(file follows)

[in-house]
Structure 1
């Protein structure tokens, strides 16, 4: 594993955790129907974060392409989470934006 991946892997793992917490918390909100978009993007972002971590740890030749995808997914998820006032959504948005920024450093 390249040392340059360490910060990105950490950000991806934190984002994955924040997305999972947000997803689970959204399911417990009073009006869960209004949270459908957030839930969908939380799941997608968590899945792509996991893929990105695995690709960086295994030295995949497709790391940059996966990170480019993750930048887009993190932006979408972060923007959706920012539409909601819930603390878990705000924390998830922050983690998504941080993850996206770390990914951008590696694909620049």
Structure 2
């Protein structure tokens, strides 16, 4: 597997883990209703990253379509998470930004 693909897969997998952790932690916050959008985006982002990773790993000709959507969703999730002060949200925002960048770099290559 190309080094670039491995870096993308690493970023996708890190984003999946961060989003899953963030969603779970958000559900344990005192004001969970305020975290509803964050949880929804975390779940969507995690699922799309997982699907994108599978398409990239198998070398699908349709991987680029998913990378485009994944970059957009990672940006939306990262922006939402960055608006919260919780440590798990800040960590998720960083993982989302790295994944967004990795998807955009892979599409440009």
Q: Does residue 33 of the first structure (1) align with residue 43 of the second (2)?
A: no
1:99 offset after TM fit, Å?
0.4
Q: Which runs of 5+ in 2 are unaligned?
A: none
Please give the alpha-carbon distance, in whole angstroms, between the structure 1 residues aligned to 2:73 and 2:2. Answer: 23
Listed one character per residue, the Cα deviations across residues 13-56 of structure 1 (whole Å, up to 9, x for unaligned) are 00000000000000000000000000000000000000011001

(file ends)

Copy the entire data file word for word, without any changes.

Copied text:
[in-house]
Structure 1
């Protein structure tokens, strides 16, 4: 594993955790129907974060392409989470934006 991946892997793992917490918390909100978009993007972002971590740890030749995808997914998820006032959504948005920024450093 390249040392340059360490910060990105950490950000991806934190984002994955924040997305999972947000997803689970959204399911417990009073009006869960209004949270459908957030839930969908939380799941997608968590899945792509996991893929990105695995690709960086295994030295995949497709790391940059996966990170480019993750930048887009993190932006979408972060923007959706920012539409909601819930603390878990705000924390998830922050983690998504941080993850996206770390990914951008590696694909620049």
Structure 2
């Protein structure tokens, strides 16, 4: 597997883990209703990253379509998470930004 693909897969997998952790932690916050959008985006982002990773790993000709959507969703999730002060949200925002960048770099290559 190309080094670039491995870096993308690493970023996708890190984003999946961060989003899953963030969603779970958000559900344990005192004001969970305020975290509803964050949880929804975390779940969507995690699922799309997982699907994108599978398409990239198998070398699908349709991987680029998913990378485009994944970059957009990672940006939306990262922006939402960055608006919260919780440590798990800040960590998720960083993982989302790295994944967004990795998807955009892979599409440009």
Q: Does residue 33 of the first structure (1) align with residue 43 of the second (2)?
A: no
1:99 offset after TM fit, Å?
0.4
Q: Which runs of 5+ in 2 are unaligned?
A: none
Please give the alpha-carbon distance, in whole angstroms, between the structure 1 residues aligned to 2:73 and 2:2. Answer: 23
Listed one character per residue, the Cα deviations across residues 13-56 of structure 1 (whole Å, up to 9, x for unaligned) are 00000000000000000000000000000000000000011001